#1California Seaside: Santa Cruz.

  • Northwest: Bend, Ore.
  • Rocky Mountain: Jackson, Wyo.
  • Southwest: Santa Fe, N.M.
  • Midwest: Iowa City, Iowa
  • Northern Lakes: Duluth, Minn.
  • Southern: Asheville, N.C.
  • Atlantic Coast: Portland, Maine
  • New England: Burlington, Vt.

 Getting Out Of A Dead Market - The Case For Taking What's There And Movin' On
Patti Lyles @ http://www.santacruzrealestatehomes.com

There of course those who might disagree, but as I've said so many times before, buying small residential income properties in Santa Cruz haven't made sense for quite awhile now. Furthermore, I can envision any scenario resulting in positive change so radical that small units become investor friendly in the foreseeable future.

Larger properties offer different dynamics than the little guys, but I still don't see how the rising rents will have much of an impact with the cap rates remaining so relatively low. You just know though, that with the future rents in Santa Cruz almost sure to be higher than they are now, that investors will be attracted to the larger projects in good to excellent areas. With home prices what they are, more and more folks will be renters - a demand factor guaranteed to raise rents region wide.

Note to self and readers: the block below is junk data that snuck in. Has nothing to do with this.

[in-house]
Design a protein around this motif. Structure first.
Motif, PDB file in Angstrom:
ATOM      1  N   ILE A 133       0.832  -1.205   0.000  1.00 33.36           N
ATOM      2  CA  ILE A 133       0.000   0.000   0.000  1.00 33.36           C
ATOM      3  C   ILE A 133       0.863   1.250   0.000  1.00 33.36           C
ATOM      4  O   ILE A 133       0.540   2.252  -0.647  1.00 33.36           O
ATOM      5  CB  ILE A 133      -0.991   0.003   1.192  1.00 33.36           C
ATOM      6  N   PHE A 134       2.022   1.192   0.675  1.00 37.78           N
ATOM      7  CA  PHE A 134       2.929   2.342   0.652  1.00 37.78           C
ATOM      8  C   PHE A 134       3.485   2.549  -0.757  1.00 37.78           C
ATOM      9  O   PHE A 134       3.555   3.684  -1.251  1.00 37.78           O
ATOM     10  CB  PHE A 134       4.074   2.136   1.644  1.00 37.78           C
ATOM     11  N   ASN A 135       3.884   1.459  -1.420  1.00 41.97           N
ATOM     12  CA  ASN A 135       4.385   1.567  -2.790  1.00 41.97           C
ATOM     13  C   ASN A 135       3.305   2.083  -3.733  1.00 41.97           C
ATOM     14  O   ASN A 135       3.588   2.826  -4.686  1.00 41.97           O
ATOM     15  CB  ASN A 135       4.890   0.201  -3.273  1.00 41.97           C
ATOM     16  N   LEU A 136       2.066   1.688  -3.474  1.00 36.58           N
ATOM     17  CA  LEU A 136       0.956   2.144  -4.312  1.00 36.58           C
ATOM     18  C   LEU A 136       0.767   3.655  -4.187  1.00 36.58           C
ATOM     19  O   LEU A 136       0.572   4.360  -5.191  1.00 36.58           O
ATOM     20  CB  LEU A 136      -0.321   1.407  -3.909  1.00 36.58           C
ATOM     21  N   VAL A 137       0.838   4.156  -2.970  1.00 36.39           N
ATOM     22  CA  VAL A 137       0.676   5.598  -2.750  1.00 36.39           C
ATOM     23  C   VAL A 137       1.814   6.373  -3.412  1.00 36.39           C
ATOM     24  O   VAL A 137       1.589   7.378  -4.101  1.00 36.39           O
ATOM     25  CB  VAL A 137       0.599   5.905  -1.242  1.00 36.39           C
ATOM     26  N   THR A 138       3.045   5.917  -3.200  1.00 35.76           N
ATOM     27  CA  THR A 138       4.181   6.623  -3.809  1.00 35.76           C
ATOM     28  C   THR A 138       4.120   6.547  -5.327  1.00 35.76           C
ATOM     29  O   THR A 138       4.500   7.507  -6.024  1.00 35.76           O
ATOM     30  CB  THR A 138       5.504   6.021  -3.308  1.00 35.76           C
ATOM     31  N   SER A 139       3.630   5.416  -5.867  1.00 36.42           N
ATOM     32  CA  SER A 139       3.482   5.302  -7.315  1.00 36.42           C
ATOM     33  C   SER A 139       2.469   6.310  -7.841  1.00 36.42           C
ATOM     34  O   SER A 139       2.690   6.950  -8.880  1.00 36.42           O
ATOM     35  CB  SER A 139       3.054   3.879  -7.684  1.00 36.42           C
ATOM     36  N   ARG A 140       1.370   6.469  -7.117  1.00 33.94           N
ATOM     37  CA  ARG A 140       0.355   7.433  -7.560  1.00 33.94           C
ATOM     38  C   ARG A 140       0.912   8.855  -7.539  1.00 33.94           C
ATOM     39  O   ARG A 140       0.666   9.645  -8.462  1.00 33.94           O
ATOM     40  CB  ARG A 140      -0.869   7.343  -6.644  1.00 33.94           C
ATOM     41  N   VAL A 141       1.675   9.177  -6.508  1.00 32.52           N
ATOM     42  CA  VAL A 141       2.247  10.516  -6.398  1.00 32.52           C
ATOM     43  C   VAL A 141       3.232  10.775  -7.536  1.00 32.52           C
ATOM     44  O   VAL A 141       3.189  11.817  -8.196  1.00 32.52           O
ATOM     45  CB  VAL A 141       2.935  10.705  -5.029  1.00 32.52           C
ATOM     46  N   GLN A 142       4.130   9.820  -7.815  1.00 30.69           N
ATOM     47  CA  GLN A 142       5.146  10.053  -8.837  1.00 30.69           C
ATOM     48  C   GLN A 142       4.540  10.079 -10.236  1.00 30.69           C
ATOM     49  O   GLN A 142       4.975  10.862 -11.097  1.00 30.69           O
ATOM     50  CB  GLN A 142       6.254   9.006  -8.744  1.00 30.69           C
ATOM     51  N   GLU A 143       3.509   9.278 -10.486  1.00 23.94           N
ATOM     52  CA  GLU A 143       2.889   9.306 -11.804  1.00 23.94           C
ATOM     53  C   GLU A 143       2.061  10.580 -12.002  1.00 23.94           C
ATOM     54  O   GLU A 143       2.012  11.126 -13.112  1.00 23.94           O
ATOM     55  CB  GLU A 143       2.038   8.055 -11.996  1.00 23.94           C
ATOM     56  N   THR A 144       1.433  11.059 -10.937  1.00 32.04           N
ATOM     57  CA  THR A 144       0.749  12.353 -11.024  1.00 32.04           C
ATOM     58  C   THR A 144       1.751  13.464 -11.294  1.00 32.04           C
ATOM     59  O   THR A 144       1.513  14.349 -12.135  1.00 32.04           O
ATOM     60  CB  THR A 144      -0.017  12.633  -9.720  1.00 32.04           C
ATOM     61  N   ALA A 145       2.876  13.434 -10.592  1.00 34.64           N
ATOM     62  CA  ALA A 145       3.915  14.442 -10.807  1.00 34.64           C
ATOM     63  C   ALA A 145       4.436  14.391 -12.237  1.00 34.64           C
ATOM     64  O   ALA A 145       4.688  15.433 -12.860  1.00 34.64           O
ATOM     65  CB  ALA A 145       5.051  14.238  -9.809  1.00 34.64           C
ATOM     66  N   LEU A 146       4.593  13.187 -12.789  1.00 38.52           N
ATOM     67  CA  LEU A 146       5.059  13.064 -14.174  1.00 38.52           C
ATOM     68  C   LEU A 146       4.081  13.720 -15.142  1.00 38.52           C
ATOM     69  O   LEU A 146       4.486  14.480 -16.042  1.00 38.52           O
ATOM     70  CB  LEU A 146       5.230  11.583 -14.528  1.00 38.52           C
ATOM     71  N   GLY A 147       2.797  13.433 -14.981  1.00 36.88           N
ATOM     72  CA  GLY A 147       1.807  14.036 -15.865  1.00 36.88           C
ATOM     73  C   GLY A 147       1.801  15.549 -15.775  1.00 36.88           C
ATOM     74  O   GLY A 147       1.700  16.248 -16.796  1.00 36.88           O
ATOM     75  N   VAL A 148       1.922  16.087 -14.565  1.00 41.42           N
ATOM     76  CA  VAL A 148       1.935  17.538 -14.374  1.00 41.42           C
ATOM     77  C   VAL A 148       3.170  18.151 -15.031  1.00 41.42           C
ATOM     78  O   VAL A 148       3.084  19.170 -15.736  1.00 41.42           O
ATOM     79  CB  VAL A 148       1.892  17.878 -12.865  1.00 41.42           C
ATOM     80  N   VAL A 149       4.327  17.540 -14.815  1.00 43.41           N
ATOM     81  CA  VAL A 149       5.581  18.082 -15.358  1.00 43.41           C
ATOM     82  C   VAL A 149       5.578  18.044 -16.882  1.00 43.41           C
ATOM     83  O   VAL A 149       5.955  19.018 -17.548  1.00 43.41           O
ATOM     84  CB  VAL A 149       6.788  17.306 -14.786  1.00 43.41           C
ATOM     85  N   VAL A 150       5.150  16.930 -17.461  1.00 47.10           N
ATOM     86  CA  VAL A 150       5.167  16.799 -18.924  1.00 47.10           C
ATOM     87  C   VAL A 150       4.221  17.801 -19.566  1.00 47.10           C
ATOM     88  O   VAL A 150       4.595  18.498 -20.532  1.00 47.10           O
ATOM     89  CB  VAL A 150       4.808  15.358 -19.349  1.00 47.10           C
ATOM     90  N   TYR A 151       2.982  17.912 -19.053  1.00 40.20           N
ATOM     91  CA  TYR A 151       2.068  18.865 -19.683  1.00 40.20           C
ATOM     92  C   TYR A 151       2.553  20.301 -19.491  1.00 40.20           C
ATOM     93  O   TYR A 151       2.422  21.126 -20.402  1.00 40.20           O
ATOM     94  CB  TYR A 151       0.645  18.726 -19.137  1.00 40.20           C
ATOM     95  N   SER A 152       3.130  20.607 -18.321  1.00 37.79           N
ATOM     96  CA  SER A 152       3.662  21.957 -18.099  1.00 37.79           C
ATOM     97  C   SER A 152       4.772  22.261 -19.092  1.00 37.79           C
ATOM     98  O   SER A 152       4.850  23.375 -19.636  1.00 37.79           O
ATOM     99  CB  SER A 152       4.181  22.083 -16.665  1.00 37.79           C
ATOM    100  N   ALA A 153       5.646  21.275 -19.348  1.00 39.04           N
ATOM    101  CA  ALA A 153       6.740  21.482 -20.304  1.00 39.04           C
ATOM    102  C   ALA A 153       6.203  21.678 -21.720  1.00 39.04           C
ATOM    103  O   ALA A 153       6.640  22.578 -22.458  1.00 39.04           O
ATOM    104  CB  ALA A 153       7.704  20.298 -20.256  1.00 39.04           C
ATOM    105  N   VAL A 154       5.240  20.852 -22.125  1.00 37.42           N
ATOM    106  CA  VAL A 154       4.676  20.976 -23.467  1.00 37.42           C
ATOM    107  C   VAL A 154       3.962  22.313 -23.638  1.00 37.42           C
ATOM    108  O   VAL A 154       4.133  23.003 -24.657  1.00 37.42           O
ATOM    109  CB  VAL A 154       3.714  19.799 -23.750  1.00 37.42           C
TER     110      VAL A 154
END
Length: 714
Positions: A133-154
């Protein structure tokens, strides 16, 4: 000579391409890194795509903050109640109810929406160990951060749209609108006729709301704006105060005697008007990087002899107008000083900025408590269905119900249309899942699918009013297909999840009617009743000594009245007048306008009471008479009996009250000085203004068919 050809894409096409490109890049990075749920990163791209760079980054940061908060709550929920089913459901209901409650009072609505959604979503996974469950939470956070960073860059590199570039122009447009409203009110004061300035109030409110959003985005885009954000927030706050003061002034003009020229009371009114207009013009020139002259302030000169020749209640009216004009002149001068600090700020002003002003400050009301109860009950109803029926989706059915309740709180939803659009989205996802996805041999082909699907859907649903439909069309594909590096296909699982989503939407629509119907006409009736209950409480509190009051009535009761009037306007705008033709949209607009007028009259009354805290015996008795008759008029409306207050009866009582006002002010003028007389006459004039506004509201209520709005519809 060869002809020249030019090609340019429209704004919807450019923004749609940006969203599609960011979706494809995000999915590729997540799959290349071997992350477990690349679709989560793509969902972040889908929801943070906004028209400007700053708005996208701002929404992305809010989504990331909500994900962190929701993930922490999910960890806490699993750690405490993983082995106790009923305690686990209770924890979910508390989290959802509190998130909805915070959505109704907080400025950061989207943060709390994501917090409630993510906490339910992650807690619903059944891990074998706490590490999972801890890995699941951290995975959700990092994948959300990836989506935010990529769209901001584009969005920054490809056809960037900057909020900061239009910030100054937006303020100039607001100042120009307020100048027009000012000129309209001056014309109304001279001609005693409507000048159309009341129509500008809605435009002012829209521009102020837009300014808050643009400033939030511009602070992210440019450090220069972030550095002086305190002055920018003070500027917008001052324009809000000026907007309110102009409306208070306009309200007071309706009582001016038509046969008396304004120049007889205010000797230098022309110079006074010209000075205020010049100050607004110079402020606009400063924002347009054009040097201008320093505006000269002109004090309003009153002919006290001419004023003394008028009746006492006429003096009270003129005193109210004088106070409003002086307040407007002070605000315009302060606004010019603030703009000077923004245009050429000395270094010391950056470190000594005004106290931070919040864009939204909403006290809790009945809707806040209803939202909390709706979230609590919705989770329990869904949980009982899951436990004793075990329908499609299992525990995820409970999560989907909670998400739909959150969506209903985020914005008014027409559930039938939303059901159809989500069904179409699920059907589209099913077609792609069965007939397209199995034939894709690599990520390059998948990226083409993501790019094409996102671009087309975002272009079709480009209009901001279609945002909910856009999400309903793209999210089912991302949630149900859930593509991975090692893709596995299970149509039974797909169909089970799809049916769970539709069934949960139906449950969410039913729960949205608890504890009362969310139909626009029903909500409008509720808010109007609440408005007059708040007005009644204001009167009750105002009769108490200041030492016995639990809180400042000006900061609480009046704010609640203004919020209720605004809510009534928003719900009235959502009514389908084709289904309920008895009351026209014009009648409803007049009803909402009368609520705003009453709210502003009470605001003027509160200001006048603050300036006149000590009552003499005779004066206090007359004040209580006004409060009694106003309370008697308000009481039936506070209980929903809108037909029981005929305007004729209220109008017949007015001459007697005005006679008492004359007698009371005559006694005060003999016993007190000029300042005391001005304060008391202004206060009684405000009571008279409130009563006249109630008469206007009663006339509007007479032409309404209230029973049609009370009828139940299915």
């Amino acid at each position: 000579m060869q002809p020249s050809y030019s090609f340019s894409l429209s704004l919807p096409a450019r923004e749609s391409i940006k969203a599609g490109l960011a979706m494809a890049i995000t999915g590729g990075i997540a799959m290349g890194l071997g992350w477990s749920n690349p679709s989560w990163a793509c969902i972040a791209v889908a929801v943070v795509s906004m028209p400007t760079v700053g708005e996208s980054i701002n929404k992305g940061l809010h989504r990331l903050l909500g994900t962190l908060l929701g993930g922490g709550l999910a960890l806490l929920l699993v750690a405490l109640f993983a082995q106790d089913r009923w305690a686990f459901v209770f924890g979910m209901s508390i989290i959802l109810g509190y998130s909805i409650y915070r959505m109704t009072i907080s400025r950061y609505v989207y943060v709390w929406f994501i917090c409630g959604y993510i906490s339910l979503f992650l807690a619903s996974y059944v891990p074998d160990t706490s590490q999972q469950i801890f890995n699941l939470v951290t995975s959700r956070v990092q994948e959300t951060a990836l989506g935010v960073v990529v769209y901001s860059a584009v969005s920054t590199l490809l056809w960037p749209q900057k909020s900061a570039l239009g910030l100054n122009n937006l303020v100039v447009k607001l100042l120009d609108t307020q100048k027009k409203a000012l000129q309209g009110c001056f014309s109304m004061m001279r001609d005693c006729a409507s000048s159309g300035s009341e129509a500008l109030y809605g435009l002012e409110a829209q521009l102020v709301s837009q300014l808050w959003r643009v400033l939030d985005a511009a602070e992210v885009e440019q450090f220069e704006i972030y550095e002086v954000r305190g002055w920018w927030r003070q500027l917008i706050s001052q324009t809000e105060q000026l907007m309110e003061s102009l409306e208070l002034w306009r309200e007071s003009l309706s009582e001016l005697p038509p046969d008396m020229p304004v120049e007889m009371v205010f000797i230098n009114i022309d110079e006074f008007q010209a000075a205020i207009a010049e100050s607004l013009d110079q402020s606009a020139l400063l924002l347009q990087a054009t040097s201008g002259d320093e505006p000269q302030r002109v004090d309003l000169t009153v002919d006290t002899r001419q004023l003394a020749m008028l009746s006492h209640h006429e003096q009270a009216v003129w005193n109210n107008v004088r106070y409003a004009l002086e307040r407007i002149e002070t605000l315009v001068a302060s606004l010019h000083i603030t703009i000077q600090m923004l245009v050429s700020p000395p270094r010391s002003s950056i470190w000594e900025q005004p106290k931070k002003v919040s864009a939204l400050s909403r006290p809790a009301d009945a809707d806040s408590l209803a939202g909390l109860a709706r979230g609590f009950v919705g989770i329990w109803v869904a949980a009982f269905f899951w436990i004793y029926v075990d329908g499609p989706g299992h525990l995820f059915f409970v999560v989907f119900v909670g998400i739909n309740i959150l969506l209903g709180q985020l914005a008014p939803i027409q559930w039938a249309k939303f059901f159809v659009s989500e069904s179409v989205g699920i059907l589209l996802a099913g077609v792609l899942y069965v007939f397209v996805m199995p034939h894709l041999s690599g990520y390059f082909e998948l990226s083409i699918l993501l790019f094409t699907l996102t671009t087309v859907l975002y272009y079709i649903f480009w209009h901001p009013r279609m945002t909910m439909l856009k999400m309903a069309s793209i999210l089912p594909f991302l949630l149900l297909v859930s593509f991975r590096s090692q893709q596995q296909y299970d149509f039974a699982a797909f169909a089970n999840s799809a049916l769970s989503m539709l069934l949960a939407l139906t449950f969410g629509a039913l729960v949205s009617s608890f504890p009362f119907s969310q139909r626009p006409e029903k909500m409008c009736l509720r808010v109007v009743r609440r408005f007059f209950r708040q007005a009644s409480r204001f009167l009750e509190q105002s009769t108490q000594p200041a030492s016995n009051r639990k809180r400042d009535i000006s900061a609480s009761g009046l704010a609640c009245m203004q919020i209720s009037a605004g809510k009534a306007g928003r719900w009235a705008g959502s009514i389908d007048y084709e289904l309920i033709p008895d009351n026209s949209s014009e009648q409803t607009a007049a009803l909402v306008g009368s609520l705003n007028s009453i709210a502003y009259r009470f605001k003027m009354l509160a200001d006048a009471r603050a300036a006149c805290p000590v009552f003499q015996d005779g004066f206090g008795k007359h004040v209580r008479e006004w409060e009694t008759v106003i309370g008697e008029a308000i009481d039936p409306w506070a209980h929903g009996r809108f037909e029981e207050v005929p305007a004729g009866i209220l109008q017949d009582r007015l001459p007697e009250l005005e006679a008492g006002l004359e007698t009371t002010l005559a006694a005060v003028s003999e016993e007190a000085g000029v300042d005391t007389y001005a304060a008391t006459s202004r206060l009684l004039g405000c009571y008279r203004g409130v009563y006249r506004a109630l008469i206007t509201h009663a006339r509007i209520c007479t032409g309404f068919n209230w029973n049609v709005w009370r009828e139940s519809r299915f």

The smaller units - 2-4 - are selling for, (throw out the high and low) $650-900K  for duplexes, on up to $1.2mil-2,5mil for fourplexes. The owners of these properties wouldn't buy them again at their current values. Ask ‘em. Some of them would immediately start laughing. I have asked some of them, and the ones who've bought in the last 18 months or so regret their decision - sometimes bitterly. But when they think about selling, the thought is quickly squelched. "Just can't do it" they say. Owners say this even when they bought it two hundred grand ago - and will profit handsomely.